Shortly there after,  probably in late 1927, Ye co-founded the Manhua Society with Ding Song 丁悚 (1891-1972, father of Ding Cong, top row, second from the right) and the Zhang  張 brothers, Guangyu 光宇 (middle row, sixth from the left) and Zhengyu 正宇, all of whom happened to live in the same neighborhood in Shanghai at the time, near Rue Admiral Bayle 貝勒路.

[EDIT 1/18/15:  According to Bao, Ye is mis-remembering the order of events here because the Manhua Society was founded in the fall of 1927 before Shanghai Manhua began being published. The disagreement seems to stem from the fact that there were two publications with the name Shanghai Manhua, the 1927 broadsheet, and the 1928 magazine. At any rate, Bao agrees with Ye that the first meeting of the Manhua Society was held at Ding Song’s house in Tiantili Alley 天梯裏 off of Rue Admiral Bayle.  Ye was invited, as were the oldest and youngest Zhang bothers, Guangyu and Zhengyu, (the middle Zhang brother, Cao Hanmei 曹涵美, nee Zhang Meiyu 張美宇 was apparently not present for this meeting) who lived in Hengqingli Alley 恆慶裏 on the opposite side of Rue Admiral Bayle. Rounding out the party were Huang Wennong, Ji Xiaobo 季小波, Cai Shudan 蔡输丹, and either Hu Xuguang 胡旭光 or Wang Yisan 王益三 (Bi Keguan 毕克官 records the former, Ji Xiaobo and Lu Shaofei the latter). Lu Shaofei was not invited, but happened to show up just as they were about to take a picture, having just returned from out of town.]

Together with the Zhang brothers, Ye would relaunch Shanghai Manhua 上海漫畫 in 1928 as a full color magazine. Wang Dunqing was originally involved with the relaunch, but quit after an argument with Zhang Zhengyu, following which he allegedly didn’t speak to the members of the Manhua Society for three years. This break lasted until he was convinced to join the millionaire playboy and erstwhile romantic poet Shao Xunmei’s 邵洵美 (1906-1968)10 would-be publishing empire, the Modern Press 時代圖書公司 in 1931, co-founded with the three Zhang brothers one year after Shanghai Manhua had been absorbed by Shao’s Modern Pictorial 時代畫報.  11

Interestingly, while most academic studies and popular histories have focused on the political content of these manhua periodicals, Jack Chen is quick to point out that although, yes, there is a great deal of political satire, “…this is most essentially a man’s art, which indulges in what is best described as ‘Elizabethan coarseness.’ There is a necessary amount of eroticism, influenced to a large extent by journals such as the American Esquire, but with an element of quite Chinese abandon.”12 For an example of this, consider, the first three panels of the following cartoon “No Prostitution” 禁娼 by Chen Qi 陳琪:13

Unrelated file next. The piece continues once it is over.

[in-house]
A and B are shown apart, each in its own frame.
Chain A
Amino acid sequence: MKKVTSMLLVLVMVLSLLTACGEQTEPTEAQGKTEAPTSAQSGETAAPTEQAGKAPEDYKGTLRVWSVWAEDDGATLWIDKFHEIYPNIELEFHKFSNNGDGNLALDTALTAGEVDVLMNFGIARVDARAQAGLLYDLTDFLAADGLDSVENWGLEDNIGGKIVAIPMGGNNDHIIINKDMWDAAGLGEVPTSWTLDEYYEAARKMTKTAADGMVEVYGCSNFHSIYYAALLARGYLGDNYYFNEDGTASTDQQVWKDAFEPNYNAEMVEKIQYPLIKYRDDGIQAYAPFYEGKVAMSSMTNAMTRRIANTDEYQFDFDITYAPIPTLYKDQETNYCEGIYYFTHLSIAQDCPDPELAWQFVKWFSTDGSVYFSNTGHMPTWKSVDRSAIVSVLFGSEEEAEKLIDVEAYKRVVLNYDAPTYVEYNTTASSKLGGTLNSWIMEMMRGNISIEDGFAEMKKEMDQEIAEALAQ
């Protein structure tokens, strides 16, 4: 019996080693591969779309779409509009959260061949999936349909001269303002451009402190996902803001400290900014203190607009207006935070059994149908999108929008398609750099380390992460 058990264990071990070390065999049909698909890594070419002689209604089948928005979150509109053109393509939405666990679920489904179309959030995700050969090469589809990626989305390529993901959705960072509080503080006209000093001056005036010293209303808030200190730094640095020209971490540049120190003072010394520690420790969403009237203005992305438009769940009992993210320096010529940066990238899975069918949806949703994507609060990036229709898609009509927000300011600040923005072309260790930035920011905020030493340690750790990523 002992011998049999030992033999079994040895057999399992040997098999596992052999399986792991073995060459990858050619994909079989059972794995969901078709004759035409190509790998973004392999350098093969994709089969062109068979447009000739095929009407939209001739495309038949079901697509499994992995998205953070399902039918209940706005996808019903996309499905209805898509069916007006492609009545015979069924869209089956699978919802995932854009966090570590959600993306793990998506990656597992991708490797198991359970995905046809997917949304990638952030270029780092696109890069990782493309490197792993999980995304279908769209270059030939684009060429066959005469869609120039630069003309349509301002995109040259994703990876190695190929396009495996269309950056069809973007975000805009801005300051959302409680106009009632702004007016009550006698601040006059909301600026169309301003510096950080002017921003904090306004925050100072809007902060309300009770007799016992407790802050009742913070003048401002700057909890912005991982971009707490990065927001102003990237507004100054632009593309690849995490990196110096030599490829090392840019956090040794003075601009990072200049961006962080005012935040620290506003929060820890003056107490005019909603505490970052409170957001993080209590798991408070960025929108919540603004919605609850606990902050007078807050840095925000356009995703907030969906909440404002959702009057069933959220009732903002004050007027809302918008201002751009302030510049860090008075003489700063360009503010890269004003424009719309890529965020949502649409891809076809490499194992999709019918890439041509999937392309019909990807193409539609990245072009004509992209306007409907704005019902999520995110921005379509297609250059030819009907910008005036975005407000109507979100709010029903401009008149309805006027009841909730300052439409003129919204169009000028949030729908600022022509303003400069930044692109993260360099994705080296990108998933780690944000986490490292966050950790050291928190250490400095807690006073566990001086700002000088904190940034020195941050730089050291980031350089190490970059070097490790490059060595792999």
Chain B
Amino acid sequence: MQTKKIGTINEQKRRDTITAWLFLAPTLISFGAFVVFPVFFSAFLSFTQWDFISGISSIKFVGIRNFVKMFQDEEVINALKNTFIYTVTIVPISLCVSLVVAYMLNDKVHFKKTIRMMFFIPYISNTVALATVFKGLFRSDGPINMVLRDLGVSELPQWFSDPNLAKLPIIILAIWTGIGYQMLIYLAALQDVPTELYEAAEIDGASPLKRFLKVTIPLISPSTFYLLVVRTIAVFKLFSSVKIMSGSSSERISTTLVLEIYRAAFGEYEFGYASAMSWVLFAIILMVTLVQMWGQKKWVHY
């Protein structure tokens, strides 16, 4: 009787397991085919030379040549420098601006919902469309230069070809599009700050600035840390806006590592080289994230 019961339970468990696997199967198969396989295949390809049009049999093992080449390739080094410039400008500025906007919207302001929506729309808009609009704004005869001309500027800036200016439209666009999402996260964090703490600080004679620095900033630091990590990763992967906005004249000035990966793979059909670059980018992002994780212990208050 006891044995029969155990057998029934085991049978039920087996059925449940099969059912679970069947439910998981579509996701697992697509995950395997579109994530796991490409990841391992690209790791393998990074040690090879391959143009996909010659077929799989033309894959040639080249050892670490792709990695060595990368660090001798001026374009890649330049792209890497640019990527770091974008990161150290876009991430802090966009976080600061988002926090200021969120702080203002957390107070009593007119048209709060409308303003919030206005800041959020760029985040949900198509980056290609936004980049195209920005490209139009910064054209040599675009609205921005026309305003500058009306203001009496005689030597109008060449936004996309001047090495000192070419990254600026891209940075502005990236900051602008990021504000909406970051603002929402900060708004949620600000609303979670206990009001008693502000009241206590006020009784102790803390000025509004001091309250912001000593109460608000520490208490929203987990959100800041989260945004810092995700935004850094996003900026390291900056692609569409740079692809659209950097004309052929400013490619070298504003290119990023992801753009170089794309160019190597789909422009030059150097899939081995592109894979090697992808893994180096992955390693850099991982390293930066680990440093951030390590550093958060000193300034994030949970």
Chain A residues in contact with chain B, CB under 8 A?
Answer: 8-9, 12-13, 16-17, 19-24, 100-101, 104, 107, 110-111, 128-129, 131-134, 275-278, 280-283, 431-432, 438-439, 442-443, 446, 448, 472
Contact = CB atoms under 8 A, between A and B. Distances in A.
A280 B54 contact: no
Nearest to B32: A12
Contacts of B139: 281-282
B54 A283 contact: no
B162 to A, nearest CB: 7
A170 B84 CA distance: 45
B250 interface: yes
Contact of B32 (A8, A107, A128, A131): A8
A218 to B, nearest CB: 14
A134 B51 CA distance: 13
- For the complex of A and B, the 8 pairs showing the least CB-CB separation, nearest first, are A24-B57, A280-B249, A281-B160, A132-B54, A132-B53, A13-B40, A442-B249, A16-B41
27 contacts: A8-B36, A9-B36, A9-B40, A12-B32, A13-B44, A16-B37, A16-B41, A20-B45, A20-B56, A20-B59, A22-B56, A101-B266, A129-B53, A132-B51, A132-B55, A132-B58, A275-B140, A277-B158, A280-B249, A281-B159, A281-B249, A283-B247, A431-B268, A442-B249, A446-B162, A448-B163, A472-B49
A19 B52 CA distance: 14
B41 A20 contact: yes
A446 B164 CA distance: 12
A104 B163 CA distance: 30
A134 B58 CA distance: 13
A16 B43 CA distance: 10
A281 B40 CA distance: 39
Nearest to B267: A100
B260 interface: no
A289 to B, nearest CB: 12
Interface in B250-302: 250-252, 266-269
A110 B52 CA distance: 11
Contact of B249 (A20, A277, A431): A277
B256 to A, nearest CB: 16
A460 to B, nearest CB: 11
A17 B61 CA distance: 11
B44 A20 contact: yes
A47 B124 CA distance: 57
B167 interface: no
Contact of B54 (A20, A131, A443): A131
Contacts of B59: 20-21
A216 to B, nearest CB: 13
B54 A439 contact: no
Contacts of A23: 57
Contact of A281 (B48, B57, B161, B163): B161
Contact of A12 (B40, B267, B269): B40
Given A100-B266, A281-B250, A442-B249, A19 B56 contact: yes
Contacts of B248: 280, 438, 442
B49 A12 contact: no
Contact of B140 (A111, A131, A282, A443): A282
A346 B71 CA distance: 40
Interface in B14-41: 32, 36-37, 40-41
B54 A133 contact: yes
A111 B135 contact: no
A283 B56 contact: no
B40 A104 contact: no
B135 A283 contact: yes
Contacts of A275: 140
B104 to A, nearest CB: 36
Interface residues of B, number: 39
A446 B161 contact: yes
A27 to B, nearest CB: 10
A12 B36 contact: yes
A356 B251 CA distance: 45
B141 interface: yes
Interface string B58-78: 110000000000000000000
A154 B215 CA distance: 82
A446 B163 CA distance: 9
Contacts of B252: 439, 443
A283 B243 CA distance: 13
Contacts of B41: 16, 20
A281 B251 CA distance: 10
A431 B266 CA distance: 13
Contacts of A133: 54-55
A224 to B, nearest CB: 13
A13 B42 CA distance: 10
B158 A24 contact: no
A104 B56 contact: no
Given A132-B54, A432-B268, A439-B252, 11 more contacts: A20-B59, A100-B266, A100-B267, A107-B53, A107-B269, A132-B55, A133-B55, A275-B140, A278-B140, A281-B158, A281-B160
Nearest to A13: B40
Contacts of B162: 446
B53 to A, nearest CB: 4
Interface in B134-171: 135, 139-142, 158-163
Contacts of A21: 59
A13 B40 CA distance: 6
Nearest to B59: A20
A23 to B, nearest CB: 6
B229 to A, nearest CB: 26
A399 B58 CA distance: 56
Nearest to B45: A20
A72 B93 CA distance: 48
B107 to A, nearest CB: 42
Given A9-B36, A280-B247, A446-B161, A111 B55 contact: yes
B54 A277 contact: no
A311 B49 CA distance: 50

no prostitution_1

When we turn the page however, it is revealed that the police officer was chasing after the prostitute not to arrest her, but was instead intending to escort her to a cheap hotel:

no prostitution_2

Surprisingly, the work of the these pioneering cartoonists is mostly unknown in mainland China today, with most young people conflating manhua with manga, since both are written with the same characters in Chinese, and since Japanese cartoons have more or less dominated since the late 1980s. In a 2011 article on contemporary mainland Chinese comics, Nadim Damluji spends much of the article contrasting the cartoonists of the Republican era with those of today, focusing on Chairman Ca 擦主席, the editor of the underground Chinese comics anthology Cult Youth. Ca tells Damluji that, “Growing up here we come into contact with more Japanese comics. Only after the Internet became prevalent did we learn about European or North American comics.”14 While Damluji finds this deeply ironic, and perhaps somewhat disappointing, I am hesitant to romanticize  the artists from the 1930s. As can seen from above, manhua legends such as Ye Qianyu, Wang Dunqing, and Zhang Guangyu were not above petty squabbles and trying to make buck from salacious content.


“Growing up here we come into contact with more Japanese comics. Only after the Internet became prevalent did we learn about European or North American comics.” – See more at: http://www.hoodedutilitarian.com/2011/06/can-the-subaltern-draw-defining-manhua-or-a-translated-marketplace-in-contemporary-china/#sthash.jPpgYgIS.dpuf
“Growing up here we come into contact with more Japanese comics. Only after the Internet became prevalent did we learn about European or North American comics.” – See more at: http://www.hoodedutilitarian.com/2011/06/can-the-subaltern-draw-defining-manhua-or-a-translated-marketplace-in-contemporary-china/#sthash.jPpgYgIS.dpuf


Nadim Damlujinterview with Chairman Ca 擦主席, the editor of Cult Youth, an underground manhua publication produced in Beijing,